Percolating ideas: The effects of caffeine on creative thinking and problem solving

In a randomized placebo-controlled between-subject double-blind design the present study investigated the effect of moderate caffeine consumption on creative problem solving and creative idea generation

Darya L. Zabelina; Paul J. Silvia


Scholarcy highlights

  • Caffeine is the most widely consumed psychotropic drug in the world, with 85% of adults in the US consuming at least one caffeinated beverage daily
  • The two groups did not differ significantly in age, t(82) = 1.40, p = .165, Cohen’s d = .31. 3.1 Effects of Caffeine on Convergent Problem Solving Independent-samples t-test indicated that participants who consumed caffeine solved significantly more Compound Remote Associates problems compared to the control group, t(70) = 2.37, p = .021, Cohen’s d = .56, suggesting a medium-size effect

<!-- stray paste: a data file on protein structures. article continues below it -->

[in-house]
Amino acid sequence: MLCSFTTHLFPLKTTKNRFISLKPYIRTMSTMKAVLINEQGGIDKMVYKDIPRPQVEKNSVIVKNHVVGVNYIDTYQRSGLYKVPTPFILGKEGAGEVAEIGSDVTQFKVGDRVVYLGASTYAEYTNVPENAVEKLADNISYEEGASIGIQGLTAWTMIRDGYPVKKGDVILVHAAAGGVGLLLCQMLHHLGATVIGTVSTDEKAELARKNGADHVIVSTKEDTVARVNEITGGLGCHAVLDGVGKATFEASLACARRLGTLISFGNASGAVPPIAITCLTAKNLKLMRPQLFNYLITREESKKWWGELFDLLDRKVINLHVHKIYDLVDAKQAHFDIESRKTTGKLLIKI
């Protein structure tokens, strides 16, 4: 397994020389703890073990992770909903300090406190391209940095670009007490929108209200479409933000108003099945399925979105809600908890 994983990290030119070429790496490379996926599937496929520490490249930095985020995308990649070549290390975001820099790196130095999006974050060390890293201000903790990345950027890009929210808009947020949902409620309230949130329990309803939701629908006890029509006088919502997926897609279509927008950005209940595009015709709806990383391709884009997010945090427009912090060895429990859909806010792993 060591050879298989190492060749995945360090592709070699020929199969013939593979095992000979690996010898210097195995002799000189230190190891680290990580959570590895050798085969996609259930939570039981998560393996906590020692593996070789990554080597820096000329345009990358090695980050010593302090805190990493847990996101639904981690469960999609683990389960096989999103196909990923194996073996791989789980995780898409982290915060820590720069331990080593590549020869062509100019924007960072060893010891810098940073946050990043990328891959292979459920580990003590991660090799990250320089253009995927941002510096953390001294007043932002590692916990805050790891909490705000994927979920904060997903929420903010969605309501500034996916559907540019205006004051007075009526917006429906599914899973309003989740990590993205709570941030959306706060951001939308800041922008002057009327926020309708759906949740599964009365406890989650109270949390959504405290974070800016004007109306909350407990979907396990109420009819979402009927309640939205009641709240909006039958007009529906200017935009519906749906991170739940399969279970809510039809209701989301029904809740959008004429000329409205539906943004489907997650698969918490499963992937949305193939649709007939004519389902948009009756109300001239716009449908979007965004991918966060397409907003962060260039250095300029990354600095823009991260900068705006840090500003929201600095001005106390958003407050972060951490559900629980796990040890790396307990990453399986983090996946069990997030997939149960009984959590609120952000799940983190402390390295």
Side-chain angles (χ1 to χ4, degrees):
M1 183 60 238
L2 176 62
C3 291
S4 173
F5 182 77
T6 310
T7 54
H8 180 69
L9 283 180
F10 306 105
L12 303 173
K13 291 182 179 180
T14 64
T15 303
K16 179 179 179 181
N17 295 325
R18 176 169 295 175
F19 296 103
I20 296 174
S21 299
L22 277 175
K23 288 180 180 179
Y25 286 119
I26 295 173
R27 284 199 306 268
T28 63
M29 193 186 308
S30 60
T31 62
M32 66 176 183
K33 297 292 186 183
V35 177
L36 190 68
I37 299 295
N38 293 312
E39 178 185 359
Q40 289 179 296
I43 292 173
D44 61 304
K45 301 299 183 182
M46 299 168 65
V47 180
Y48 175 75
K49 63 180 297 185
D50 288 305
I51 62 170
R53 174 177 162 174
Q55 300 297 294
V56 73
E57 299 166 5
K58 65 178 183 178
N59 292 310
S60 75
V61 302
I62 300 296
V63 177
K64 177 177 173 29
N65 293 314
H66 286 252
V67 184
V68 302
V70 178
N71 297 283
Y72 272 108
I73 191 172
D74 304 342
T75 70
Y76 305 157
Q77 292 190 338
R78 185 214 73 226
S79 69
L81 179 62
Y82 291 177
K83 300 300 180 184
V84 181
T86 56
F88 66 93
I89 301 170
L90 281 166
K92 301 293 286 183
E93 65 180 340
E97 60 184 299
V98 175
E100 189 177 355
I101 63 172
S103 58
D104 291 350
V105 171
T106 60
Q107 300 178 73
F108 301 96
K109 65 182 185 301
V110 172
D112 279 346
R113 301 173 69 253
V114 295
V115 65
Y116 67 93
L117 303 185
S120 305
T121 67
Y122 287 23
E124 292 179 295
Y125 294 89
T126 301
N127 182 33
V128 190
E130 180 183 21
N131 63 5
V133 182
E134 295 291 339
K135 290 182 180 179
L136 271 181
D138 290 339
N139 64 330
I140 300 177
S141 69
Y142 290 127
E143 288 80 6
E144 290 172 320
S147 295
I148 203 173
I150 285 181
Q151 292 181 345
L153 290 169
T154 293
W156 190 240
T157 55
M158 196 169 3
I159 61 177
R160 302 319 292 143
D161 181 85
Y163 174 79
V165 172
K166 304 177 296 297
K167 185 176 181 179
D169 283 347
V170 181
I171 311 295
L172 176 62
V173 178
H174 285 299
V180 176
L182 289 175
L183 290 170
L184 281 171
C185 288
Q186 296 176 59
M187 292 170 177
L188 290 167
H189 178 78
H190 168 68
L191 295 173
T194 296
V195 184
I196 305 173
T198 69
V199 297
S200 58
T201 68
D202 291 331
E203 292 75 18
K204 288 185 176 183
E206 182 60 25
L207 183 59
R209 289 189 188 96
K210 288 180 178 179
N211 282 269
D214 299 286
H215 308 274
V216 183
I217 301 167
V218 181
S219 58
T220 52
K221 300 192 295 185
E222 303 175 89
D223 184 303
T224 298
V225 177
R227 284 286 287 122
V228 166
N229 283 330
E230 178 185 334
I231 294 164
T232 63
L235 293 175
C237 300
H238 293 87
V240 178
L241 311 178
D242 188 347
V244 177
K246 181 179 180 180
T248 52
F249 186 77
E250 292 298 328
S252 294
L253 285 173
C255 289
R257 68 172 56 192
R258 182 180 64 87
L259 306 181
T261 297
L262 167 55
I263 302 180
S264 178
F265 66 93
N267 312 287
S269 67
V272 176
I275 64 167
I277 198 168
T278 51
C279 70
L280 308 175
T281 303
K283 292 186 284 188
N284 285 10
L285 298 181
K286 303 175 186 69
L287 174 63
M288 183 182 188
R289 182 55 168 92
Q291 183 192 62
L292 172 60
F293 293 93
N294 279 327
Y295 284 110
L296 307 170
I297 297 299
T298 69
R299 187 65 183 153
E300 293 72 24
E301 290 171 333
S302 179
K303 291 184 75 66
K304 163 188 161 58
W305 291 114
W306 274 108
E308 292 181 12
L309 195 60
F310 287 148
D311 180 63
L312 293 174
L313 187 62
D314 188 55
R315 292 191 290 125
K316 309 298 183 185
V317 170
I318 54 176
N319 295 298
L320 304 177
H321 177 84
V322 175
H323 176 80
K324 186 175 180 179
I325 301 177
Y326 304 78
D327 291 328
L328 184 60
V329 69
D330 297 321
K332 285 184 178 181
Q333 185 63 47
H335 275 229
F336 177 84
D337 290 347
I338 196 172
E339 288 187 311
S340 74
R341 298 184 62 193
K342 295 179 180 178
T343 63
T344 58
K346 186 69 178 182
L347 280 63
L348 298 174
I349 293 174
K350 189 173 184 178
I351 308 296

• The present study investigated the effect of caffeine on creative thinking and problemsolving abilities
  • In a double-blind placebo-controlled design study, we found that in people who consume a moderate dose of caffeine on a daily basis, consuming 200 mg of caffeine in a laboratory session significantly enhanced convergent problem-solving ability, but had no effect on divergent thinking or working memory
  • These effects remained when controlling for individual differences in caffeine expectancy, for believing whether or not one consumed a caffeine capsule, and for changes in mood throughout the session
  • Research consistently shows enhanced concentration and attentional focus associated with caffeine consumption, and such attentional improvements are reasonable mechanisms for changes in convergent problem-solving tasks with correct answers
  • Caffeine did not affect creative idea generation, measured with the Abbreviated Torrance Test for Adults battery of divergent thinking tasks

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